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LITURGY AND LIFE

By Lorette Noble

03/16/2016

Easter Sunday
March 27, 2016

 

Acts 10:34a, 37-43
Psalm 118
1 Corinthians 5:6b-8
John 20:1-18

It is a humbling experience to approach writing about liturgy and life for Easter Sunday. Easter is, as our new Catechism of the Catholic Church tells us, the central Christian feast (638) and the “Feast of feasts, the “Solemnity of solemnities” (1169). Easter is the celebration of the day when Jesus Christ rose from the dead, a fact witnessed first by Mary Magdalene in the garden outside the tomb where Christ had been buried on Good Friday, as we hear in the Gospel. He then appeared to Peter and the Apostles on more than one occasion, inviting Thomas, who experienced doubt, to touch his wounds, eating with them on the shore of Lake Galilee, and in Emmaus with two other disciples. It is after Christ’s resurrection that those who believed became known as Christians.

In Quebec, where I live, the Catholic faith once was very strong, with a high level of attendance at daily and Sunday mass. Sadly this is no longer the situation. The liturgies of the mass throughout the year no longer seem to be part of everyday life of Catholics. In the relatively new small town where we live we have never had a church building. Instead, we have the use of one end of the main hall of a large new city community centre, which has a raised sanctuary for the altar, closed off during the week. This entire hall is full at our Christmas Eve mass, which is understandable as it is about God coming to earth to live as one of us.

We are delighted to see and welcome all the families that come each year to celebrate this happy event, but it is not the same at Easter, the “Feast of feasts.” Even though Easter heralds spring and new life, perhaps the difference is because we feel it is a more serious event, dealing not only with life but also with death?

In fact, it is impossible to talk about Easter without the three days leading up it, the Triduum. The story of the last days of Jesus’ life on earth: the introduction of the eucharist at the Last Supper on Holy Thursday, leading to Christ’s torture and death on Good Friday, which Peter in the first reading at Easter refers to: “They put him to death by hanging him on a tree, but God raised him on the third day. . . .” On Holy Saturday, the day after the devastating death of Christ, the readings relate the story of God gradually revealing himself from creation through to his prophets.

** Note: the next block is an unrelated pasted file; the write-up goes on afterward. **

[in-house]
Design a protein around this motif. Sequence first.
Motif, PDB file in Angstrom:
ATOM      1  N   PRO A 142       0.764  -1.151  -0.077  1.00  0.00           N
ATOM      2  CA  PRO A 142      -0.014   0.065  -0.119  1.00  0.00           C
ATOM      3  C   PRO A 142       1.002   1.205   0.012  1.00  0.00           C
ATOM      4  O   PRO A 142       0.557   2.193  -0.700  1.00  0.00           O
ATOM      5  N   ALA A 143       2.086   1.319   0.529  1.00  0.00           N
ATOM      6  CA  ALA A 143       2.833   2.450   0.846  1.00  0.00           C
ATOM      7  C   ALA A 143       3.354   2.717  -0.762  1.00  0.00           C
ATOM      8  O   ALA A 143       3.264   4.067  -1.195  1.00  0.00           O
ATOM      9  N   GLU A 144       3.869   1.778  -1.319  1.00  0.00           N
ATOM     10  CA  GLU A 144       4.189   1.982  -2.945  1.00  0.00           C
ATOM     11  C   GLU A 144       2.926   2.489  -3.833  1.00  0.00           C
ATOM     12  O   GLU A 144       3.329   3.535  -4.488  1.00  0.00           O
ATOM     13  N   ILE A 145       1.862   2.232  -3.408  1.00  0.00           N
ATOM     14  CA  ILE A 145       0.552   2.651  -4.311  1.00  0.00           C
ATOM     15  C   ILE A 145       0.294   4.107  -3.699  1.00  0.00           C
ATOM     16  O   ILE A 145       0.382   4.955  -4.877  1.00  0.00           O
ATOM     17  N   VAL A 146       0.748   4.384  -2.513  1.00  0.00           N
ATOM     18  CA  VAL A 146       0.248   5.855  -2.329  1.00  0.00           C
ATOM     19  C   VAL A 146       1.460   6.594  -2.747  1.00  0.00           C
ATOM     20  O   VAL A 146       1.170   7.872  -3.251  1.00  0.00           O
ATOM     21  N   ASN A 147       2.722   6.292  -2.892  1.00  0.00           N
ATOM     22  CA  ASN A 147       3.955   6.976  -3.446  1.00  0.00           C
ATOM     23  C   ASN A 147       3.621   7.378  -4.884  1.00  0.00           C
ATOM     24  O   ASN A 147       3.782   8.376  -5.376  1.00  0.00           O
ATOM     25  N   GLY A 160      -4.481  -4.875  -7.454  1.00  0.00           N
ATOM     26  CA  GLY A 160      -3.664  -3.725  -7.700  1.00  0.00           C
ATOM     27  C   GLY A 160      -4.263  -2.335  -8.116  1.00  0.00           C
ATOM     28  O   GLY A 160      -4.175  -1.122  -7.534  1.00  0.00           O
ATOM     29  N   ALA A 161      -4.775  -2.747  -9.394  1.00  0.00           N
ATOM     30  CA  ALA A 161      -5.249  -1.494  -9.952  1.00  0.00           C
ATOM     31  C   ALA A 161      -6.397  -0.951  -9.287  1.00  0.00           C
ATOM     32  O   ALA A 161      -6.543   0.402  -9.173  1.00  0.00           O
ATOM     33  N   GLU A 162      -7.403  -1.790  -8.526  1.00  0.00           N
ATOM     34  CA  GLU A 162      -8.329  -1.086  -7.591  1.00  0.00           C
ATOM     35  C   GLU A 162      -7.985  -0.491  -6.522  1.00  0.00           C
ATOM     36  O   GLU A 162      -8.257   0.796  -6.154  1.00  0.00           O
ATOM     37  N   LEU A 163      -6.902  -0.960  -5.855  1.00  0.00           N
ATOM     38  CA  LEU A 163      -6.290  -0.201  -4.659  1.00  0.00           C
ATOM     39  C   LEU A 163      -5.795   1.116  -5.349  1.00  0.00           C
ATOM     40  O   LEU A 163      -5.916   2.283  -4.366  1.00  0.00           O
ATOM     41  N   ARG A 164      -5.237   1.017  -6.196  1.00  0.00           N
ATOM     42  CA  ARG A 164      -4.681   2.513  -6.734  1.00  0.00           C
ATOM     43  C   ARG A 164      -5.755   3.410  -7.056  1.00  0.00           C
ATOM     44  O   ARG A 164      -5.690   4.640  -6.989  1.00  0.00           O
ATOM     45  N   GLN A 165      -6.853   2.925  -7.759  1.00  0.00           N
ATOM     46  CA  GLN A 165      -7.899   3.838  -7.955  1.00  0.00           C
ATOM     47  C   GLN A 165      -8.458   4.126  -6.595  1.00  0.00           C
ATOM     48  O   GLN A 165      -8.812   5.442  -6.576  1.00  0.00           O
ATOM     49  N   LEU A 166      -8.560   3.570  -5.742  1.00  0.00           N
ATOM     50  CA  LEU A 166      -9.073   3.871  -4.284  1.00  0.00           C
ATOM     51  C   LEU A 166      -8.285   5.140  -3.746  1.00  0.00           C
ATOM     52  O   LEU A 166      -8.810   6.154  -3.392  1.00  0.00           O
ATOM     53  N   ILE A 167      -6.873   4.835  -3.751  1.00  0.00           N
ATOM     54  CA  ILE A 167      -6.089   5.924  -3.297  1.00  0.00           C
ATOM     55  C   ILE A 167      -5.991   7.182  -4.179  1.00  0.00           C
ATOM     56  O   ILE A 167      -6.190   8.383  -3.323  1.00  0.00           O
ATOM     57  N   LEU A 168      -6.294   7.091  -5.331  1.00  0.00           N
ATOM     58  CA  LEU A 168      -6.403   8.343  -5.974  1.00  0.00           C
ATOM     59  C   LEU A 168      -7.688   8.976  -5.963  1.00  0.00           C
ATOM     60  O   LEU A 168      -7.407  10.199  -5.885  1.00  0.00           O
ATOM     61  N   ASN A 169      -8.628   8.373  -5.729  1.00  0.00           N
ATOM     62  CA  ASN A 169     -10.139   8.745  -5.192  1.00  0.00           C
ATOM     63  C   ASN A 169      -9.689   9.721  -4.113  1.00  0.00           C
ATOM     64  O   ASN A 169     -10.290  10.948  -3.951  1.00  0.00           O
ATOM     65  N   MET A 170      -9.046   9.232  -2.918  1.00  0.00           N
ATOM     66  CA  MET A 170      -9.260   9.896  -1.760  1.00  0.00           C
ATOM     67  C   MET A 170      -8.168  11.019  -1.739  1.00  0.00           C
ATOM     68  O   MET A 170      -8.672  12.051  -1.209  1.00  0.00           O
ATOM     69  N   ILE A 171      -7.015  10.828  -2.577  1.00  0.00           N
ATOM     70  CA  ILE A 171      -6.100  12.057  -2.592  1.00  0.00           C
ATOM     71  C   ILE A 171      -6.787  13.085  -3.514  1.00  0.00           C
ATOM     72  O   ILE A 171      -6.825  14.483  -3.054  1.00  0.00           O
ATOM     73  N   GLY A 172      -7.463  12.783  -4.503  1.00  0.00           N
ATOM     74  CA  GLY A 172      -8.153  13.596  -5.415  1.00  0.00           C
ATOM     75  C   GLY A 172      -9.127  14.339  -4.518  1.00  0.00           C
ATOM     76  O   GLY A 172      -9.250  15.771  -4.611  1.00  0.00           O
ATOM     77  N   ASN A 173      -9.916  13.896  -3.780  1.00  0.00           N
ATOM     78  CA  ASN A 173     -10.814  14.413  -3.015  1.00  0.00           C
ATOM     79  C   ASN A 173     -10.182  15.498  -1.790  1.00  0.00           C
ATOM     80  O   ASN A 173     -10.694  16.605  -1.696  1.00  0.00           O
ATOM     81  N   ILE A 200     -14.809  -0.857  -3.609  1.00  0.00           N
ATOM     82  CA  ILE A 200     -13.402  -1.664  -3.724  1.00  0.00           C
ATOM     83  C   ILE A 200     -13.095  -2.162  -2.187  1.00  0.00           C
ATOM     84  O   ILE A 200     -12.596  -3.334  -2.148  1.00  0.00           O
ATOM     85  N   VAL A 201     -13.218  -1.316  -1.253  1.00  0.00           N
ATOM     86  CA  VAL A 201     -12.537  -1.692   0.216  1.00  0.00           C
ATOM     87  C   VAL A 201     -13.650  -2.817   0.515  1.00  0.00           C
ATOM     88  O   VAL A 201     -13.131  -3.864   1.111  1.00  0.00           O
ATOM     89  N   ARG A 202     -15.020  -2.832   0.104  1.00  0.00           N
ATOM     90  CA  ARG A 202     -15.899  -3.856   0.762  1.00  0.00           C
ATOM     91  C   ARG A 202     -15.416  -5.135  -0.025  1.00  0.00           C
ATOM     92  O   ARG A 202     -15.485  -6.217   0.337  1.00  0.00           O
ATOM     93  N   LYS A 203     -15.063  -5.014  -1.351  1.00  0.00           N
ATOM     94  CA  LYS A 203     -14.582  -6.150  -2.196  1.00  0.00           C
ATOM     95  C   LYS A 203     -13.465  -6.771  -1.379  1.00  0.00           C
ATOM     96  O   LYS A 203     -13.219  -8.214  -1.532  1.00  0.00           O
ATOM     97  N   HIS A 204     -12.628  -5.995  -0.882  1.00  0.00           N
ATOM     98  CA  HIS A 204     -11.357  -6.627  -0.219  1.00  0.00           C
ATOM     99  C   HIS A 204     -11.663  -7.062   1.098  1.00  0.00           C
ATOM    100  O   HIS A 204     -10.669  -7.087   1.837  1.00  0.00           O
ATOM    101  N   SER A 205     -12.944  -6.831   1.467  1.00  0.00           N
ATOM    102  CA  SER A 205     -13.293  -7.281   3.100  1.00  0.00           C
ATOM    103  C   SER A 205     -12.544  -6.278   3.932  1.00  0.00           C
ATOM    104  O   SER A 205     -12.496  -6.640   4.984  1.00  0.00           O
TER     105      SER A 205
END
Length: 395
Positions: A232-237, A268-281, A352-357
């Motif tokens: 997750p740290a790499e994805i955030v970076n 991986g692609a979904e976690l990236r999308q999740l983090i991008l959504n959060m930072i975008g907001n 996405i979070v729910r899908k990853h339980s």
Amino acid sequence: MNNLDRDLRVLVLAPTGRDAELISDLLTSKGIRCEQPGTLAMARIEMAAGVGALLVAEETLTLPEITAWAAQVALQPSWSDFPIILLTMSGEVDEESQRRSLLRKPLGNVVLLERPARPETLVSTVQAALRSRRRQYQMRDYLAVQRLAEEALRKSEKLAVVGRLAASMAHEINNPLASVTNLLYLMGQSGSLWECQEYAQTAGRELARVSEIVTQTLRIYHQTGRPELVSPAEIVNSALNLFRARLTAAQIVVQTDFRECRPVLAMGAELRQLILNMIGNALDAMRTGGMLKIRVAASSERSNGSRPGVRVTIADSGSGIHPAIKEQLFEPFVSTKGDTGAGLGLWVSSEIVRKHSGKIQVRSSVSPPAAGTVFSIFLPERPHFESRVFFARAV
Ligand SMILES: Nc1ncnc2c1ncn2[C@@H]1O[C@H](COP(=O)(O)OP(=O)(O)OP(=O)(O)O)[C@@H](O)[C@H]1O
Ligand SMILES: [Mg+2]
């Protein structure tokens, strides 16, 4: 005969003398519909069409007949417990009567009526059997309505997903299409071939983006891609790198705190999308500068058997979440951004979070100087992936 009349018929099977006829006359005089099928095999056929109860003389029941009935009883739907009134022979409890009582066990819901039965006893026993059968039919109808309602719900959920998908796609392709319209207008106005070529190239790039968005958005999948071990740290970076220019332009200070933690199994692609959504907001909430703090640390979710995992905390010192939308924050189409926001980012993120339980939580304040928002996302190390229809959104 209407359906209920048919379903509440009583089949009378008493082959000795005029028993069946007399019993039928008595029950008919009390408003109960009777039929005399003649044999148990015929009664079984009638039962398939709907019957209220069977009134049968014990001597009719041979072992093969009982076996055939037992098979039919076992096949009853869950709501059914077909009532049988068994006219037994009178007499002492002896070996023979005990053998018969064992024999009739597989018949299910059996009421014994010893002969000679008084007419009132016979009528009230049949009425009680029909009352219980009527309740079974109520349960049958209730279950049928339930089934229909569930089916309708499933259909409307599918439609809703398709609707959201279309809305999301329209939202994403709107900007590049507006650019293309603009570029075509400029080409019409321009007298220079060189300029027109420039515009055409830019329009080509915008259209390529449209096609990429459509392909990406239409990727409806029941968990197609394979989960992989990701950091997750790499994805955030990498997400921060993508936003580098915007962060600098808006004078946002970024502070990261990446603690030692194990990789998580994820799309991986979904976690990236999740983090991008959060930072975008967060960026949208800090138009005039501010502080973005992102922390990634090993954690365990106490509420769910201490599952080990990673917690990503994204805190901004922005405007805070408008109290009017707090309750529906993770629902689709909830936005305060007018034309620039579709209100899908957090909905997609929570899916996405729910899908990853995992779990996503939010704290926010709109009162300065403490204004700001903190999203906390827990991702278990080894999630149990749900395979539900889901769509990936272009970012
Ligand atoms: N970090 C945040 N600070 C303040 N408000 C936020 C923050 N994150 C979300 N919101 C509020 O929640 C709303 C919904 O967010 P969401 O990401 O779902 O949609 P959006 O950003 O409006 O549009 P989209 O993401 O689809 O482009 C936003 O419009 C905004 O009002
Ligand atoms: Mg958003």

Jesus Christ, Son of God, one person of the Holy Trinity, came to earth and from his birth to his death experienced every aspect of human life — no experience any of us can ever have in our lives has not been experienced by him.

On Easter Sunday we learn that we can all live in the hope of forgiveness of our sins and in the hope of eternal life. As Paul reminds us in the second reading: “When Christ who is your life is revealed, then you also will be revealed with him in glory.”

At one time or another we have all heard that there is no greater love than that someone should give up their life for another. How profoundly blessed each of us is to be so loved.

This is what we are reminded of every Easter, and it is a time to rejoice and “Share the Good News, singing joyfully: His death is victory!” (Sequence).

Noble was pastoral animator in an elementary Catholic school for 30 years, produced community television programs for 11 years in the 1980s and ’90s, was animator for her diocesan English Region from 2000-2006 and is past national president of the CWL (2006-2008). She lives in Candiac, Que.